Filipino American Heritage Month at Fremont


Photo Courtesy of Encylopedia Brittanica

Hannah Azur, Staff Writer

Filipino American Heritage Month is celebrated in remembrance of the first Filipinos to set foot on American land. On Oct. 18, 1587, people from Luzon, the biggest island in the Philippines, passed the Spanish galleon and arrived at what is currently Morro Bay, California. According to the Filipino American National Historical Society, there are specific historical events relating to Filipino Americans that are celebrated annually and differ every year. This year, the theme is to celebrate 50 Years Since the First Young Filipino People’s Far West Convention.

Today, there are around 4 million Filipinos living in the United States and it is the third largest ethnic group in California according to the U.S. Census Bureau’s latest American Community Survey (ACS). At Fremont, Filipinos and Pacific Islanders make up 1% of the student population. However, most Filipinos identify as Asian rather than Pacific Islander.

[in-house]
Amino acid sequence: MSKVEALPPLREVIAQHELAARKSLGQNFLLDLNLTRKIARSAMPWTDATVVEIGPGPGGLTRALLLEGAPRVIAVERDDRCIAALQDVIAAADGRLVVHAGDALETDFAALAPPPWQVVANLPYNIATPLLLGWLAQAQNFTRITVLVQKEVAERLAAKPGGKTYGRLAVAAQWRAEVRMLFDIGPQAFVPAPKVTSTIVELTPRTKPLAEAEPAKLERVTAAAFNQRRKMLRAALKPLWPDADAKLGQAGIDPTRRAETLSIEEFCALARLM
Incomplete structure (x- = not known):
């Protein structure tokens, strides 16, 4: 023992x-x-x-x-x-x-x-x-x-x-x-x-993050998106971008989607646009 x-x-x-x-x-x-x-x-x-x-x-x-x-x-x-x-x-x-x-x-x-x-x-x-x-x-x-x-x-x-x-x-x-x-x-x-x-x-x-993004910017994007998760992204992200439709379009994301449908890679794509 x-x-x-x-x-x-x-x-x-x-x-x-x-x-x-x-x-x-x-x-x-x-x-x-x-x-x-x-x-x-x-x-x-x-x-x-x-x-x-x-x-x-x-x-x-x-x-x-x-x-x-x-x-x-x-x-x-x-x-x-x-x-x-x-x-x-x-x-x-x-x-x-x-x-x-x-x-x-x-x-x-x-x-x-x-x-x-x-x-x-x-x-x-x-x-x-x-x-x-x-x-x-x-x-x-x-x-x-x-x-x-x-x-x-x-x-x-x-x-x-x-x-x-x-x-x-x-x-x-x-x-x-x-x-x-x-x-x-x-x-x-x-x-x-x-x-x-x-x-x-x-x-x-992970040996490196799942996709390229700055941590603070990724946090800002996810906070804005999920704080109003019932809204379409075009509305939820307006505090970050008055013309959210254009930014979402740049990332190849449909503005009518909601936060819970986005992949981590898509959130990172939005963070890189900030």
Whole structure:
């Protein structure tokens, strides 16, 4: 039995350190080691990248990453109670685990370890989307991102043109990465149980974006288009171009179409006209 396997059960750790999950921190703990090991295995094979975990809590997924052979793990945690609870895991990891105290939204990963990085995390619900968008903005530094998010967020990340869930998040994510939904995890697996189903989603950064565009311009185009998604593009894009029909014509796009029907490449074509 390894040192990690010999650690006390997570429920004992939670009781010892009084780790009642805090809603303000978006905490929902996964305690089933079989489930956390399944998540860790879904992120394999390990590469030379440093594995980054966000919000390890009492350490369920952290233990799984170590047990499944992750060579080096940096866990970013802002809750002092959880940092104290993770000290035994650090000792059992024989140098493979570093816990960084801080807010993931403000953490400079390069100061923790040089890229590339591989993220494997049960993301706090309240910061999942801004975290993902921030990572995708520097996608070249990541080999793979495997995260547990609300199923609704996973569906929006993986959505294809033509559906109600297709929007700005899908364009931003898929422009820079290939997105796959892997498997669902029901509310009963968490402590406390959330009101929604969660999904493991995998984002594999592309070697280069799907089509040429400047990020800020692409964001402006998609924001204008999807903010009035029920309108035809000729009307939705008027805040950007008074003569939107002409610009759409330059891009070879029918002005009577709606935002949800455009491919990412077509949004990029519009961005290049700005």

The gap between Filipino immigrants and Filipino Americans is widening. With Filipino Americans no longer being taught Filipino traditions and Tagalog, many Filipino families see it as a benefit for their children to only know English, in order to conform to America’s standards. This is because many Filipino families fear of discrimination and their own ostracization.

Although there are benefits to only conforming to American standards, many Filipino Americans share the experience of feeling detached from their Filipino roots.

“I feel disconnected [from my Filipino heritage] because my family didn’t teach me Tagalog to fit in with being American,” Filipino-American and junior at Fremont, Jade Agustin, said.

This is why celebrating Filipino Heritage is significant especially to Filipino Americans. Many do this by learning more about Filipino culture, learning Tagalog, cooking Filipino food or educating others about Filipino-American culture.
        Filipino Youth Organization is a club at Fremont where students and friends can go to hang out and learn more about Filipino history and culture. They meet every week in B-102, FHS English teacher Chary Salvador’s room.

“There’s a good tendency for our heritage to get watered down or not to be connected to how we came here, and with heritage month it’s not just being culturally aware but also understanding historically, why we are in this country, and how we arrived here and our place in this country, in terms of economics and social norms,” Salvador said.

In order to understand the current state of where Filipino Americans stand socially, it is essential to acknowledge the past.